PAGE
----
Tongue and Cheek

Hi all,

I have spent the last few weeks travelling around the country, talking in band rooms and meeting lots of brass players across Aotearoa. I have been so inspired by the turnout at these events, and how eager you all are to listen and learn. 

As I mentioned in an earlier blog, the remaining articles this year will each be dealing with a different facet of playing that we can work on over summer, and Neil Cording asked about some tips to do with tonguing techniques.  So Neil - here we go! 

There are so many opinions out there regarding tonguing and articulation, and I am not going to muddy it up too much today.  The most important thing is that your mouth and tongue are unique to you, and the way you produce a note will be heavily influenced by your mouth cavity, your teeth, your tongue, your lips and so on.  It’s important to remember this, as you can read a million books about tonguing techniques and none might work for you. 

So the first port of call for dealing with tonguing is to analyse your setup and work out how you are fronting the notes - where is your tongue at the articulation point?  What is the syllable that you most commonly replicate (da/ta/tha)?  Is your articulation fluid or is there tentativeness? 

Once you start to get an idea of what you are working with, then it’s important to remember a few things before you start producing the note.  One of the most important factors in tonguing, that is often neglected, is AIR.  Think of air as the petrol to your articulation - too much petrol and you will flood the articulation, not enough and the articulation will splutter to get going. 

Someone once told me that to make a good start to a note, you need to think about blowing out the flame on a matchstick.  You don’t need a lot of air, you don’t need a big explosion of air like you might do for a birthday cake, but just a small puff of air and the syllable TOH.  You can practice this without the mouthpiece or instrument, and focus on the air and tongue coming together at exactly the right time with the perfect amount of air.  Every time you start a note, think of this technique - not heavy but light, and just the right amount of air.  If I have a fluffy articulation in the orchestra, I will immediately do a few of these to remind myself of the correct technique, and it makes a huge difference.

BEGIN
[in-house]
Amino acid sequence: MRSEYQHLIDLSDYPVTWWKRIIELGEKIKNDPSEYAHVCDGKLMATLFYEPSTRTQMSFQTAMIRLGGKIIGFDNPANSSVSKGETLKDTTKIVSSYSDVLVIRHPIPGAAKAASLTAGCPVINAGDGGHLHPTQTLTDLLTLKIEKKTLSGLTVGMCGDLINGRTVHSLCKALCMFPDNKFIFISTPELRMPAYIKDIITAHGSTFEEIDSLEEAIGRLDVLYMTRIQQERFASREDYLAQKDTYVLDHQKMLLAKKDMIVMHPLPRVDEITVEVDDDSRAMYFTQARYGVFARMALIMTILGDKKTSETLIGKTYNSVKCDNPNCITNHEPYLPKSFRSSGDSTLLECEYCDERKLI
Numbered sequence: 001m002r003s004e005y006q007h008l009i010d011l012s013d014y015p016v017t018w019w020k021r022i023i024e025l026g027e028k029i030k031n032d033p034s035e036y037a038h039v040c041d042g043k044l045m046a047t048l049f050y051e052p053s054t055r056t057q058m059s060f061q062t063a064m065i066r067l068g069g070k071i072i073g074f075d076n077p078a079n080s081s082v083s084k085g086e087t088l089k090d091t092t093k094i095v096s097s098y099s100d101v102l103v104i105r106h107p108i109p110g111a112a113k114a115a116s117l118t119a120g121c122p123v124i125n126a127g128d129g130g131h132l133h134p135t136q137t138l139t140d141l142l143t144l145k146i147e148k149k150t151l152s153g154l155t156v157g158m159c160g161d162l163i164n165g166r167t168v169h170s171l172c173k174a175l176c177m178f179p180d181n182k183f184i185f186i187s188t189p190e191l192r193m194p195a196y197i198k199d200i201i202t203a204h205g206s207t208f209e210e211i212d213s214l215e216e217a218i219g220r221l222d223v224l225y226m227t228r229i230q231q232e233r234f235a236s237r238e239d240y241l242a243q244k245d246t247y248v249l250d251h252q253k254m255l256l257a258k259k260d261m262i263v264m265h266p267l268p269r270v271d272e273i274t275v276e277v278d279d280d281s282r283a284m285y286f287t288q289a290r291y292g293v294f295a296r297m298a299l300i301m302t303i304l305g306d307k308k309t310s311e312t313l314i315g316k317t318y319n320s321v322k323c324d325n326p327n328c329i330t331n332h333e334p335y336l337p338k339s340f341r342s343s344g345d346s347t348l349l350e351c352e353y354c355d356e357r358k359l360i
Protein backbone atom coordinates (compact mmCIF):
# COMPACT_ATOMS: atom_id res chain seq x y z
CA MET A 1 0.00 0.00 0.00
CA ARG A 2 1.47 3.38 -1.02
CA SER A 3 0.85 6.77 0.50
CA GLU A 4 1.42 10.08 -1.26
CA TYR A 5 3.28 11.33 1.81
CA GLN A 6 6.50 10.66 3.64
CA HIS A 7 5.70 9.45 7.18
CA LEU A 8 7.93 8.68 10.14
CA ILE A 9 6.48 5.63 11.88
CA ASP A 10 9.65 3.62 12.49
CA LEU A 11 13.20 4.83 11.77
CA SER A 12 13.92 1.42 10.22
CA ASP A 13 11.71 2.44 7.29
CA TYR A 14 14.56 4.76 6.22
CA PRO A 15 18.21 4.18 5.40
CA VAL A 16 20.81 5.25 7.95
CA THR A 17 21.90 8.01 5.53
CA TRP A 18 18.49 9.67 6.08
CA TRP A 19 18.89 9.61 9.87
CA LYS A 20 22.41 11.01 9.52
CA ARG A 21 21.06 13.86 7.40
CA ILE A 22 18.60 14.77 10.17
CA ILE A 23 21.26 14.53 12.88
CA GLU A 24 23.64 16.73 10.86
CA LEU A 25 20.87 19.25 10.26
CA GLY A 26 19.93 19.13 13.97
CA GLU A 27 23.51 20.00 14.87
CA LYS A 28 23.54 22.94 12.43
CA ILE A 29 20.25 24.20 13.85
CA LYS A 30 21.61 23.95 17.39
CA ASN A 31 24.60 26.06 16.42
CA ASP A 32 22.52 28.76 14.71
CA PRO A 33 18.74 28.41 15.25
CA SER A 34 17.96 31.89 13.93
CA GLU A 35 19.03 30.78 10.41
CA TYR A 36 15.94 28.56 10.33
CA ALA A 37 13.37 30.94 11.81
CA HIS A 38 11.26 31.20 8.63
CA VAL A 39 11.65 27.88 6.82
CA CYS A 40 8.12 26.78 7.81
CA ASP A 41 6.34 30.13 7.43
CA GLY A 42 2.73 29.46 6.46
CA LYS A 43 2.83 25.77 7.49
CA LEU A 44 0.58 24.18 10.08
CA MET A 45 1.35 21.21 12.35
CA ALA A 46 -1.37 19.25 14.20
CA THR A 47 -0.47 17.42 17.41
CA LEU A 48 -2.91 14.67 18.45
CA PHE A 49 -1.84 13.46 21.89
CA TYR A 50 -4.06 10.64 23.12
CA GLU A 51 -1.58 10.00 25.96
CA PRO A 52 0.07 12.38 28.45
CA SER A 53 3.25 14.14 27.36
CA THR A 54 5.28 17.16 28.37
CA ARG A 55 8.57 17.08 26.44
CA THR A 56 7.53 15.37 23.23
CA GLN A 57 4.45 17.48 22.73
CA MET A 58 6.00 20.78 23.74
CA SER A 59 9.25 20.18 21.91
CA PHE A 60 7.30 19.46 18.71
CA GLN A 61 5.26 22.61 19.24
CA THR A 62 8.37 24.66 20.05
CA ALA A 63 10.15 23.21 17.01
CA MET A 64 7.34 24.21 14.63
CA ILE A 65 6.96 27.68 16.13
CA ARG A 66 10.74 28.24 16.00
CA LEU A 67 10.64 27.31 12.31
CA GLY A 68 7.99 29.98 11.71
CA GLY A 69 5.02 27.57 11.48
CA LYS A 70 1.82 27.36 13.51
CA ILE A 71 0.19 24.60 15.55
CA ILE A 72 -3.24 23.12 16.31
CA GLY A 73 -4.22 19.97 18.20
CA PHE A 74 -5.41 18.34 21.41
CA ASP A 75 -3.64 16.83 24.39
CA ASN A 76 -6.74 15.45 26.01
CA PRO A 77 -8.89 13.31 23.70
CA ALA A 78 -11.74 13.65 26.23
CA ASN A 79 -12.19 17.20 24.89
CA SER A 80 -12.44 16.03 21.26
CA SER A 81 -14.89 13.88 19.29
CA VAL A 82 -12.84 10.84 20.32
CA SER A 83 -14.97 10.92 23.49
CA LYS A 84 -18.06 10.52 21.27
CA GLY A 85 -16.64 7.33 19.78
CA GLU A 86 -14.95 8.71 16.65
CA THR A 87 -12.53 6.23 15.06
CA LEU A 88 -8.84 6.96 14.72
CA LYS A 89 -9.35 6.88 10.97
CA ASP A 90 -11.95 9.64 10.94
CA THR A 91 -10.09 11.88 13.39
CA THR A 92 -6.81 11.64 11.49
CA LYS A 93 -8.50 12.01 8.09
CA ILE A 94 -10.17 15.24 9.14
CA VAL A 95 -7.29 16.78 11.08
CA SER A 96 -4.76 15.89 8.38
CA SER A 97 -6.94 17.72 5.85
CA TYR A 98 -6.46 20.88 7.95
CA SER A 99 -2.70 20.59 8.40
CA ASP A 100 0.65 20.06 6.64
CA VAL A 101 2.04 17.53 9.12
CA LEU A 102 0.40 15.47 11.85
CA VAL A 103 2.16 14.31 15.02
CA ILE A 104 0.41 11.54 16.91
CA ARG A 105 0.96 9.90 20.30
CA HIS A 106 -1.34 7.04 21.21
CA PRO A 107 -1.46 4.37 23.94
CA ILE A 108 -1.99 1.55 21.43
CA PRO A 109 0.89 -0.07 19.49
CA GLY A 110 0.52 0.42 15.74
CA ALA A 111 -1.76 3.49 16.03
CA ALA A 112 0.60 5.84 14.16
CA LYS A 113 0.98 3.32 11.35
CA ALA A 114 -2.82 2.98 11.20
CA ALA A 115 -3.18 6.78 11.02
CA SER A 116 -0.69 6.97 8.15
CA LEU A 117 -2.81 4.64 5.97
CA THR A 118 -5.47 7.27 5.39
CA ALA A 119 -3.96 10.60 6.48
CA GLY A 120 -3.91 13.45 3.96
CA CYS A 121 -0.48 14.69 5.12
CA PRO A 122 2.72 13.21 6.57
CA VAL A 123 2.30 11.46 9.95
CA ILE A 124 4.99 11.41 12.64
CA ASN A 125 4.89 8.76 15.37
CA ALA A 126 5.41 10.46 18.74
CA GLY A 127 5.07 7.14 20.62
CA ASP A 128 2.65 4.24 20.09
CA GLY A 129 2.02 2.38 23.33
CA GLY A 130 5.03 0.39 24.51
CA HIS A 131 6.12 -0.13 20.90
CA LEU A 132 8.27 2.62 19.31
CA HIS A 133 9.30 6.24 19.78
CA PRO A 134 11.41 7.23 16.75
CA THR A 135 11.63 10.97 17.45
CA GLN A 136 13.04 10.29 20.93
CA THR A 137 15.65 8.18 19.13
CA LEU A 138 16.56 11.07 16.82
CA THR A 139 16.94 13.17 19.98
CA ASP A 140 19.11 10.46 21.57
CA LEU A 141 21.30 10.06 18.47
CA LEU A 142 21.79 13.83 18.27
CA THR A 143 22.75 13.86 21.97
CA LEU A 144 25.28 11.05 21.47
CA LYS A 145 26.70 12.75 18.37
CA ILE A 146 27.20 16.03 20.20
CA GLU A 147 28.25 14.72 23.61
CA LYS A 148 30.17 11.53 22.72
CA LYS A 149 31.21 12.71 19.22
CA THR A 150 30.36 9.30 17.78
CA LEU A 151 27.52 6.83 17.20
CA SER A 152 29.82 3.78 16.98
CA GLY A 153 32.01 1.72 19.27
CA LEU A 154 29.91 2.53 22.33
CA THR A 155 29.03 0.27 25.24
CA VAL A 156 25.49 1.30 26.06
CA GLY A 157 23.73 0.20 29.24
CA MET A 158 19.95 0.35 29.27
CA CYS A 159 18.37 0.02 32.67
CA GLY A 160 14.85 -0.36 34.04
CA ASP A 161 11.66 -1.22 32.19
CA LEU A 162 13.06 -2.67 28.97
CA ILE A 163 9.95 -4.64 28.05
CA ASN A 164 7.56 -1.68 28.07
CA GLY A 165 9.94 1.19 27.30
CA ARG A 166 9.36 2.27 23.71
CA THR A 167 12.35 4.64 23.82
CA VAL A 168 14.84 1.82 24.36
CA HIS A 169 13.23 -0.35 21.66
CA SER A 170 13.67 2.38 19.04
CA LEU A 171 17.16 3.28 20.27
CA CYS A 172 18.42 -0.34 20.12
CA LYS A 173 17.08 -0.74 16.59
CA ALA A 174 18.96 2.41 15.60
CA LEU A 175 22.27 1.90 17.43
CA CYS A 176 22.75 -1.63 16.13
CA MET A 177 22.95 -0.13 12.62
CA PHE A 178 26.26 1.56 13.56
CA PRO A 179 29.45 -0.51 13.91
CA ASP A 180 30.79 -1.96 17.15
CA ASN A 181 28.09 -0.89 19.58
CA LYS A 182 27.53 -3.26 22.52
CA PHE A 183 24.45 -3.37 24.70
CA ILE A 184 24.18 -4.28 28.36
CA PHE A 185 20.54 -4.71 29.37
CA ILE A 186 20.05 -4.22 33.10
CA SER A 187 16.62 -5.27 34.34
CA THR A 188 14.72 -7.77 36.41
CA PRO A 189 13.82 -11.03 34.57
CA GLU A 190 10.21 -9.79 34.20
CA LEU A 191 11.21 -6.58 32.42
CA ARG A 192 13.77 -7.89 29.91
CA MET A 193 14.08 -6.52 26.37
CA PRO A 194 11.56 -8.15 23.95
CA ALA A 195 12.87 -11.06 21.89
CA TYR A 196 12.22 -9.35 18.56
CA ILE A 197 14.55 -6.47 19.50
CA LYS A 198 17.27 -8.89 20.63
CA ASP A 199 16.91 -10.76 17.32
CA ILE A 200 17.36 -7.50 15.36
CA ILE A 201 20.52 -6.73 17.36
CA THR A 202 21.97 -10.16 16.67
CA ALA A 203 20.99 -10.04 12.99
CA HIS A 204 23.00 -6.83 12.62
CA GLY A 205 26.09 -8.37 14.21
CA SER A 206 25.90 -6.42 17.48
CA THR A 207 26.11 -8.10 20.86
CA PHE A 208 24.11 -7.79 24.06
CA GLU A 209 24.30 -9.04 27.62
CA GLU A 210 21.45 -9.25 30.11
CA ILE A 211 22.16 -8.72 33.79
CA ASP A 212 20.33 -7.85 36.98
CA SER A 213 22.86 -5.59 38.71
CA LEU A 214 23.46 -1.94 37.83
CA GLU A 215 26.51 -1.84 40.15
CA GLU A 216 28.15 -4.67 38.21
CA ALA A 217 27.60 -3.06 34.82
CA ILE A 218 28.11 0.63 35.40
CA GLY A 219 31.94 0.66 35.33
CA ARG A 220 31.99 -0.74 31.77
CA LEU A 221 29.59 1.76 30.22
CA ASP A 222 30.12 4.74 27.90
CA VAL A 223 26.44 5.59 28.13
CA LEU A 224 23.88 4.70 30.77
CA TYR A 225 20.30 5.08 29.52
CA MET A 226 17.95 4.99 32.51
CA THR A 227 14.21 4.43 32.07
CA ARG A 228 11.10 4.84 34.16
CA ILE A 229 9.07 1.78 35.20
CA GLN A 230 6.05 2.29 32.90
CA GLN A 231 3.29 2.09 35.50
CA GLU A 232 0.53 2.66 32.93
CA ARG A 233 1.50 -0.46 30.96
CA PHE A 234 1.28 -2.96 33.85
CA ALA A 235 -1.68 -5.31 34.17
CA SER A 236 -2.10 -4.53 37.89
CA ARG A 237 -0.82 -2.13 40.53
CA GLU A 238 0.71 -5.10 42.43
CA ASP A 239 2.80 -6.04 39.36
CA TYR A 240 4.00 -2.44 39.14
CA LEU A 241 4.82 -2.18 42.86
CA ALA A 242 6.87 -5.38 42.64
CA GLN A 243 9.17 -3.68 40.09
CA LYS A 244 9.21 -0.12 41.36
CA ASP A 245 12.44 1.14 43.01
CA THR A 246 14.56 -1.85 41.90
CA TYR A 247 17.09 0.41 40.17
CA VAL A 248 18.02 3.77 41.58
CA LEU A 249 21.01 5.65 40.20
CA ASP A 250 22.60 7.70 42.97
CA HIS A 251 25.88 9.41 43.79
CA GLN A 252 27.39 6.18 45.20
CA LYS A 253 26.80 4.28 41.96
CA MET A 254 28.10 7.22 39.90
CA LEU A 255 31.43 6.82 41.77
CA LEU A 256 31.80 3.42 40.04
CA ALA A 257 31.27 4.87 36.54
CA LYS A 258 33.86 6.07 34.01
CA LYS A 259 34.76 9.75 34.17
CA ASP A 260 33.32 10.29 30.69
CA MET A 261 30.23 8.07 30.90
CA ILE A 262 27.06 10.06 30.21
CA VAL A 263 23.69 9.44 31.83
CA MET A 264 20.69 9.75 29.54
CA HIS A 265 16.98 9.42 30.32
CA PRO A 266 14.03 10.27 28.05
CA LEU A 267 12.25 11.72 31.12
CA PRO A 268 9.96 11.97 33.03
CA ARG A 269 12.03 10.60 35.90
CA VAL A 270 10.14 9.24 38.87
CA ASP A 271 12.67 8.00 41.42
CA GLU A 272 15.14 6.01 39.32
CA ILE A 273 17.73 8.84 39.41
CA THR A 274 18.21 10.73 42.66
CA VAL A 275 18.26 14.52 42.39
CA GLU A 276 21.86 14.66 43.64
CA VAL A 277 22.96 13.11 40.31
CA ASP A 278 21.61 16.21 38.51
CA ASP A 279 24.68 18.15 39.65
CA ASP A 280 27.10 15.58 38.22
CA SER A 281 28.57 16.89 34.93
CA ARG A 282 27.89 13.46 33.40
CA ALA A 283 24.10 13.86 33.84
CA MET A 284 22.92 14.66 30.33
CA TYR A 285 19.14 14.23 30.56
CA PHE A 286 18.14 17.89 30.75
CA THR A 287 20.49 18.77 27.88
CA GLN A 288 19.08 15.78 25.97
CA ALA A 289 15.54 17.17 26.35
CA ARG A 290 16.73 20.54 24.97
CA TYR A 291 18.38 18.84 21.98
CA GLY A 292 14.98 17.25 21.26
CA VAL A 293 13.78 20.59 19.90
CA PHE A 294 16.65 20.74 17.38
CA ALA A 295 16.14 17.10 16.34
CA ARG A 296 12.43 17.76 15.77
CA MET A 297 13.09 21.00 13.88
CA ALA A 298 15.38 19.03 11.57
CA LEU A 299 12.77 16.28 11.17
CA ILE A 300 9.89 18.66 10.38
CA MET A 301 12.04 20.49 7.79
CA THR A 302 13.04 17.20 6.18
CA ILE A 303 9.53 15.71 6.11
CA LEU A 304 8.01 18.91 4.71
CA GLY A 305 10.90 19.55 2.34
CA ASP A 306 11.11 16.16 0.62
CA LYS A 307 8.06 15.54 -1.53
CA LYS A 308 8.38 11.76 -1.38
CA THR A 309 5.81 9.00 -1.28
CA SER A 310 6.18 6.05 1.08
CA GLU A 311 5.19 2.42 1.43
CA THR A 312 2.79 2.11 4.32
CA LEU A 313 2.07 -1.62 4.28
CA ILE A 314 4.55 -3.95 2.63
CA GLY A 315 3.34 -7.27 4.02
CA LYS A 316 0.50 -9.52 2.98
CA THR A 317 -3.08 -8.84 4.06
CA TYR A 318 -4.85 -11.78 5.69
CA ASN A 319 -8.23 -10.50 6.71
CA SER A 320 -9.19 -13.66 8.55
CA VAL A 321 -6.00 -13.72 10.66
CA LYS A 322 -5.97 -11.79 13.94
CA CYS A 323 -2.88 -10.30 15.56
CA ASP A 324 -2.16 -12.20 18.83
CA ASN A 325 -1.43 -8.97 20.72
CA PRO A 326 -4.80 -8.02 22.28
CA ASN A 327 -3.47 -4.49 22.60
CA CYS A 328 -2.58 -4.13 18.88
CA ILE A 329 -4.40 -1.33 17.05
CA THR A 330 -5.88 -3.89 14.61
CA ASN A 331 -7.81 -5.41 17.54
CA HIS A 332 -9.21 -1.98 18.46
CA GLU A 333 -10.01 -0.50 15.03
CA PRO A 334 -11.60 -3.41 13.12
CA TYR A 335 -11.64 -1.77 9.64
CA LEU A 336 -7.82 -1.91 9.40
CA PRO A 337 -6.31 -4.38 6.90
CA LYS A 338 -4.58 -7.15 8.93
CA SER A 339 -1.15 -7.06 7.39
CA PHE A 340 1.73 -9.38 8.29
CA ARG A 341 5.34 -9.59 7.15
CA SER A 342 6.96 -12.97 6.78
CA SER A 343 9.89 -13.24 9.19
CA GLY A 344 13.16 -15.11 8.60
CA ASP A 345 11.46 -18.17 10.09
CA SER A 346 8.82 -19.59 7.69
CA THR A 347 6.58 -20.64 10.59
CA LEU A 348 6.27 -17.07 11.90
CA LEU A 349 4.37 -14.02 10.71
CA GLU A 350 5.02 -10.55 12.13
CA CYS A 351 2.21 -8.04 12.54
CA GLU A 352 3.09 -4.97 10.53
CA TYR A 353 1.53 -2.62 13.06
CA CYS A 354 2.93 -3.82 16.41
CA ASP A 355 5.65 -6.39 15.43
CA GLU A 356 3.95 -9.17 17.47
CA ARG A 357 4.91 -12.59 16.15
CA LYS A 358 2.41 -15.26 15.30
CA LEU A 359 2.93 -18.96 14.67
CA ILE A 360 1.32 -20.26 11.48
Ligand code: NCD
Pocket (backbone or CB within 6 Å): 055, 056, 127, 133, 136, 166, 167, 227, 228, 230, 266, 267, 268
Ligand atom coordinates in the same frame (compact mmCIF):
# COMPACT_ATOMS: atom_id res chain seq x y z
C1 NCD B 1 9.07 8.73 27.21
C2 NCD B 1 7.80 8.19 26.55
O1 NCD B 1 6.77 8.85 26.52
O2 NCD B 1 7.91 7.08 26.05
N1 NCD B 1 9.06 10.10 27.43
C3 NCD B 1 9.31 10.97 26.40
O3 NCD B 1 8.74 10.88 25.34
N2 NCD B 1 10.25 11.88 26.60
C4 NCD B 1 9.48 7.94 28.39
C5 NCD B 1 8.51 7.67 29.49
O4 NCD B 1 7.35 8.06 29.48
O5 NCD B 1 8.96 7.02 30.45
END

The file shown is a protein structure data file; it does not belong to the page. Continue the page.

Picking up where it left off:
As far as improving our efficiency of tonguing, it’s important to remember that it doesn’t matter how fast you go, as long as the technique remains the same.  If you change the technique as you get faster, clarity and definition will be lost.  It’s important to think of tonguing like diction - if you mumble no one will understand you, but with correct diction (like a thespian) you will be clear as day, and the audience will understand every note. 

So make this the basis of your tonguing practice - technique first, then speed.  Sit down with a metronome and start on a G (concert F) playing 2 bars of semiquavers at crotchet = 40

Try and do this twice with the same clear articulations, before heading down a semitone.  Focus on clarity and the air before getting faster.  Try and go down an octave to a low G and keep the same diction all the way down.  Write down the tempo you were at, and then tomorrow move the metronome up a couple of clicks.  Remember that it’s not a race to the finish line, it’s about keeping the technique the same and controlling the clarity.  If you need to, record yourself doing this, and make sure that all the notes sound the same.

You can also integrate your scales in the tonguing exercises, but doing each exercise in a different style of articulation – i.e. staccato, legato, accented, marcato, etc.  Try and mix it up when playing the scales, whilst still focusing on the basics of the articulation that we have talked about. 

For double and triple tonguing I use the good old Arban book - there are plenty of fantastic exercises in there, but again remember that the key is ‘slow and steady wins the race!'.  Take your time and build up slowly, making sure you have complete control over your technique at all times. 

Let me know if this helps, or you need some more exercises - and any suggestions for the next topic are very welcome! 

Happy practicing

Regards

Dave